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The Impact of Nationality, Language, Gender and Age on Asylum Success: TRAC

December 07, 2021 (2 min read)

TRAC, Dec. 7, 2021

"Under the new Biden administration asylum seekers are seeing greater success in securing asylum in Immigration Court. While asylum grant rates declined during the Trump years to a low of just 29 percent in FY 2020, they climbed to 37 percent during FY 2021 after President Biden assumed office. This finding discussed in the first report of a two-part series, is examined in greater detail in this second report which focus on asylum success rates for different nationalities, languages, gender and age groups.

Most nationalities that have dominated asylum seekers during the last two decades experienced improved success rates in FY 2021. Among the countries where asylum seekers saw increasing asylum grant rates during FY 2021 were many from Central and South America as well as the Caribbean.

Since language use does not always map directly onto nationality and may indicate belonging to minority social groups (e.g. indigenous groups in Central America), data on the recorded language of asylum seekers in Immigration Court provides an added level of insight into asylum cases. While asylum seekers over the last two decades came from over 200 countries, individuals spoke over 400 different languages.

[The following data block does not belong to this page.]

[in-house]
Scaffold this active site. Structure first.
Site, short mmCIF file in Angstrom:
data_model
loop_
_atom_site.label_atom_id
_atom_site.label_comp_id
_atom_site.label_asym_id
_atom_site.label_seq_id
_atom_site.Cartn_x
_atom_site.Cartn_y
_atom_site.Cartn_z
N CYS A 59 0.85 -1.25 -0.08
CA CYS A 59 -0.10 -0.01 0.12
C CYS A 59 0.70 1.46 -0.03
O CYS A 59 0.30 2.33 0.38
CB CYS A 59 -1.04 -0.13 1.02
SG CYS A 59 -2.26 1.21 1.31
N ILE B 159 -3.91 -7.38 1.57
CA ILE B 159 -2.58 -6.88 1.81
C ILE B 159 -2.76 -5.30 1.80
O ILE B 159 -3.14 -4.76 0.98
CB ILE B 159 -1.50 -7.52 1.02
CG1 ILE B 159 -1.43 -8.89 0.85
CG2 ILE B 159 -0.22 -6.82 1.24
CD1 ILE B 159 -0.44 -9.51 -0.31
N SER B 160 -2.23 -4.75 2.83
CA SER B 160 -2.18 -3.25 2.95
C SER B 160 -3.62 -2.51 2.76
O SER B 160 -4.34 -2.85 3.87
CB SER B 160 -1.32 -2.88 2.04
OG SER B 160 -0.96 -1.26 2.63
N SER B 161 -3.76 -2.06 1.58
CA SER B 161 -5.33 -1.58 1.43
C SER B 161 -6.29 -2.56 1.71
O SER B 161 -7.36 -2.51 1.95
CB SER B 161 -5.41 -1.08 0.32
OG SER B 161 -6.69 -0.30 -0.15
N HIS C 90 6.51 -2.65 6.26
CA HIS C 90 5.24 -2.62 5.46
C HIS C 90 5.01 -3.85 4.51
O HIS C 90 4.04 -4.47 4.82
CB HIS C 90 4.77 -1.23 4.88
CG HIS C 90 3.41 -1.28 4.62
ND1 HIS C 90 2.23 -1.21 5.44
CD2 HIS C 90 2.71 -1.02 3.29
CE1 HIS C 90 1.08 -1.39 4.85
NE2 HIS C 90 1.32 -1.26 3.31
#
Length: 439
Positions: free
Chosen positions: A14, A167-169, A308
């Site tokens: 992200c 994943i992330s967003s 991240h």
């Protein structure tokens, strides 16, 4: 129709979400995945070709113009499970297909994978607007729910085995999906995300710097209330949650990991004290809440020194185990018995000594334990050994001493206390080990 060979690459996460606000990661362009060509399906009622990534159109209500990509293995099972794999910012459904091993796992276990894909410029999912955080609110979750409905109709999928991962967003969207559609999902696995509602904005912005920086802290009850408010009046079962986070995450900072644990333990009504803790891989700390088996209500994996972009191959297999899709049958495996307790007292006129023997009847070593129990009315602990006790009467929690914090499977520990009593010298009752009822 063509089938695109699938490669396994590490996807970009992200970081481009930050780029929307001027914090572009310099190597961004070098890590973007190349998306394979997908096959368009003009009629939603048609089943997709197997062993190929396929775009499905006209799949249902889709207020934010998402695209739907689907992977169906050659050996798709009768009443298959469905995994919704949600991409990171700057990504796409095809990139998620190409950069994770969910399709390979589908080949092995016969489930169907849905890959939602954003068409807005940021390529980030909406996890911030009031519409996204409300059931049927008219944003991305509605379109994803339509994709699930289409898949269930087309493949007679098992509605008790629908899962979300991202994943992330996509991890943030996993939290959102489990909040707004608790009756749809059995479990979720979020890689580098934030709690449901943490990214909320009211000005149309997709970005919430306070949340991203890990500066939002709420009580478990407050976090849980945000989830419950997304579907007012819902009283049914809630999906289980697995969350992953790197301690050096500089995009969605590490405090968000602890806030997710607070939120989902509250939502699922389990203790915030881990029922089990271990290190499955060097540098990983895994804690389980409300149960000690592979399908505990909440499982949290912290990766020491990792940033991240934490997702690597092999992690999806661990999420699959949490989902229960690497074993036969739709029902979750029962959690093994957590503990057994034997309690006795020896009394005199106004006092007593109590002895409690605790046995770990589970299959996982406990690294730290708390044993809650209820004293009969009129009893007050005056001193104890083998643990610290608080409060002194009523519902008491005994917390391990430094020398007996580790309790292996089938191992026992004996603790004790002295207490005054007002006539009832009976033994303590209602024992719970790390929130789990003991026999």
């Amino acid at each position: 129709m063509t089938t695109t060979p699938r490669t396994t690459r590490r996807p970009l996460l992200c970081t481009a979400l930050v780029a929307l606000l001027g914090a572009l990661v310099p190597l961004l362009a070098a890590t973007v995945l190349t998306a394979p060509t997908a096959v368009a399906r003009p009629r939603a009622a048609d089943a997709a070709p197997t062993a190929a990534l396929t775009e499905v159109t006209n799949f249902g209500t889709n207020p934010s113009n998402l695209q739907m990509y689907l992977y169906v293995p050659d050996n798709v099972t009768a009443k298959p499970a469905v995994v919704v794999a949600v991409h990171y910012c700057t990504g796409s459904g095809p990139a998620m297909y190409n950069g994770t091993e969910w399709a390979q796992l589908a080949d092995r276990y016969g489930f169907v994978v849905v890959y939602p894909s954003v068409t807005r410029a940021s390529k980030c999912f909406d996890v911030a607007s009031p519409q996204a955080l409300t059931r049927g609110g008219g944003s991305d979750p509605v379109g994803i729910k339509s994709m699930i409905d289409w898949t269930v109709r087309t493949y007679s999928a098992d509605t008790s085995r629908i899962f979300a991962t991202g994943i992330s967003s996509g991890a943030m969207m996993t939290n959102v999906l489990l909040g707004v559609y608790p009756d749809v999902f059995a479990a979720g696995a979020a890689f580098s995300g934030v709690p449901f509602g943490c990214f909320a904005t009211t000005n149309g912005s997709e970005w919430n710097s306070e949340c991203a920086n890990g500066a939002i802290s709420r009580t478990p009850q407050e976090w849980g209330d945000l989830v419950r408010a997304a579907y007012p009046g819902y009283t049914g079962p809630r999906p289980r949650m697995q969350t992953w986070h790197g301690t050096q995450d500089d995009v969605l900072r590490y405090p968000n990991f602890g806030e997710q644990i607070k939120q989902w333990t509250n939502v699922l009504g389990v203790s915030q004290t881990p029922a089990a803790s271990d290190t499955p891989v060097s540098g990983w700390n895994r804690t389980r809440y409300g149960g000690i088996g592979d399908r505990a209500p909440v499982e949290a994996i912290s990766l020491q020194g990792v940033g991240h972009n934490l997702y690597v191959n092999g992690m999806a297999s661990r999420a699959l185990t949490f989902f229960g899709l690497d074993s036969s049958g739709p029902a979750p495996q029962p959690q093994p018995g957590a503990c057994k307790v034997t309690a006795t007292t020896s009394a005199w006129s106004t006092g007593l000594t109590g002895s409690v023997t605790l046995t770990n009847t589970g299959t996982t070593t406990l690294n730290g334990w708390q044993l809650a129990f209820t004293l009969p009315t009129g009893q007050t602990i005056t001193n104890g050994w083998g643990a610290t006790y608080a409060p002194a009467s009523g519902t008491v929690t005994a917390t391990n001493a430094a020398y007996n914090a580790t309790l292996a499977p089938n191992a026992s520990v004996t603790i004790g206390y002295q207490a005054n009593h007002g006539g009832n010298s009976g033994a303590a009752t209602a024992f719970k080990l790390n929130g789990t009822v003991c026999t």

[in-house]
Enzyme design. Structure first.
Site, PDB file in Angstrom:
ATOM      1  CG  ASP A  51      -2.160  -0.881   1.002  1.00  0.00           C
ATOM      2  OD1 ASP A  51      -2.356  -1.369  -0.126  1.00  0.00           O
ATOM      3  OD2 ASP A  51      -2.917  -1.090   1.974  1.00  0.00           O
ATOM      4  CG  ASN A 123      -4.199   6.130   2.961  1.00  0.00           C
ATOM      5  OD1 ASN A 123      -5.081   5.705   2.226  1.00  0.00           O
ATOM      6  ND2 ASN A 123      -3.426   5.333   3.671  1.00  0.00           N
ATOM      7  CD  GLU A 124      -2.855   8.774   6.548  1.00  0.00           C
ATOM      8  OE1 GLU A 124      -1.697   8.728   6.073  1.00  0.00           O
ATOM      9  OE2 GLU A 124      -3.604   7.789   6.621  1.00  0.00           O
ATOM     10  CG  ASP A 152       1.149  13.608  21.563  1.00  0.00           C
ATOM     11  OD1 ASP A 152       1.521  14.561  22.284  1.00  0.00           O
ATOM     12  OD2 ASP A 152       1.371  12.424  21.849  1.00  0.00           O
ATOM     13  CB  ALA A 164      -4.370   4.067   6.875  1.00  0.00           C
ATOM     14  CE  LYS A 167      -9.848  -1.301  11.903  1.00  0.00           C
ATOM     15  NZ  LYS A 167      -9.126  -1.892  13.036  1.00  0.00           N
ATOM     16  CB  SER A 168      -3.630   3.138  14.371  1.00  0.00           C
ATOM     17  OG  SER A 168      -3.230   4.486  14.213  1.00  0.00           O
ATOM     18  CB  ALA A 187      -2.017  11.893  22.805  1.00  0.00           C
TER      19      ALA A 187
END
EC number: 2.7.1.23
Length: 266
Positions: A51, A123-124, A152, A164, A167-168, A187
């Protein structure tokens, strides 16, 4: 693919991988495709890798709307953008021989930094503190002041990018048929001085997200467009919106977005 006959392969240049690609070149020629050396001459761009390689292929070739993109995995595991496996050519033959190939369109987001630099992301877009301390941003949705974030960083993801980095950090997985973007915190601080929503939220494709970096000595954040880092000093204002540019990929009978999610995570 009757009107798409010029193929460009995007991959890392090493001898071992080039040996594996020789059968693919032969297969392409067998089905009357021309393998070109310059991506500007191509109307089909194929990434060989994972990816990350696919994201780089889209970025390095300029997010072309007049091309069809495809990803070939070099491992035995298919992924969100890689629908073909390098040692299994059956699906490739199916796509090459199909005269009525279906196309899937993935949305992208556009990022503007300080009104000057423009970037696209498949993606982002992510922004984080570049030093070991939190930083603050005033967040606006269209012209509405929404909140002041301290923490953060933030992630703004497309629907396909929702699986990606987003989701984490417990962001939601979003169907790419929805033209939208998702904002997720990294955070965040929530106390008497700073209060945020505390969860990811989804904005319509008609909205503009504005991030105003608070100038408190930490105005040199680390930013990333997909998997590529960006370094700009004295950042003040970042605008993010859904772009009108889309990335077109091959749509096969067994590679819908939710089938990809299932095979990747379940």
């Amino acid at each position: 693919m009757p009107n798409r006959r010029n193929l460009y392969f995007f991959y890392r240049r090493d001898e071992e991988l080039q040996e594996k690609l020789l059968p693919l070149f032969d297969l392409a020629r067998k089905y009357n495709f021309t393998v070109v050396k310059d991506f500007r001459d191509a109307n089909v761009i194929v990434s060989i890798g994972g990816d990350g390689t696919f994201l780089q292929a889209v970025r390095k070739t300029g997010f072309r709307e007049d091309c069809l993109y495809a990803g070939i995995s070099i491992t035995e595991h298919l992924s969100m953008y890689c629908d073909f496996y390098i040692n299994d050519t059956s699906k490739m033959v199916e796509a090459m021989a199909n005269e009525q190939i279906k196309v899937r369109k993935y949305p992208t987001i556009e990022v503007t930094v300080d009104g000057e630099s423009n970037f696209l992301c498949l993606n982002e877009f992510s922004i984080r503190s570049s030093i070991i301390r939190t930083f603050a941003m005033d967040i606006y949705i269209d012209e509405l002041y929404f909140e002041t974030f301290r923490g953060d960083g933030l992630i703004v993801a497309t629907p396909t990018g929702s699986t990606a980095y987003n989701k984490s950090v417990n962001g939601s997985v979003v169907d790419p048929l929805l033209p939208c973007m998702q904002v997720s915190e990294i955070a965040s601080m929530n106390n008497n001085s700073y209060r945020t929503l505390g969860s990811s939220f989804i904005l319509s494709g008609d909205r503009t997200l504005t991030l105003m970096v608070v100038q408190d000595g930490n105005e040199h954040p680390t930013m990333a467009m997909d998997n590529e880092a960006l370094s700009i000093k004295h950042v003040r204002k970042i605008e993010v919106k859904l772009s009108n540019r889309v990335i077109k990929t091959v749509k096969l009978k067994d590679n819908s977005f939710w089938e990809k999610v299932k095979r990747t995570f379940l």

Asylum grant rates were roughly the same for males and females during the last full year of the Trump administration. But females show an 11.0 percentage point rise in FY 2021, compared with just a 5.7 percentage point increase for males—about half the increase.

Juveniles have generally lower asylum grant rates than adults in Immigration Court data covering FY 2020. Young children in these Court records, however, showed increased success once President Biden assumed office, although still remaining below the grant rates for adults.

To read the full report, go to:

TRAC's accompanying free web-query tool allows interested readers to drill into these data further to examine how asylum decision outcomes in their state, particular Immigration Court, or specific hearing location may correspond with or differ from these national trends. Go to:

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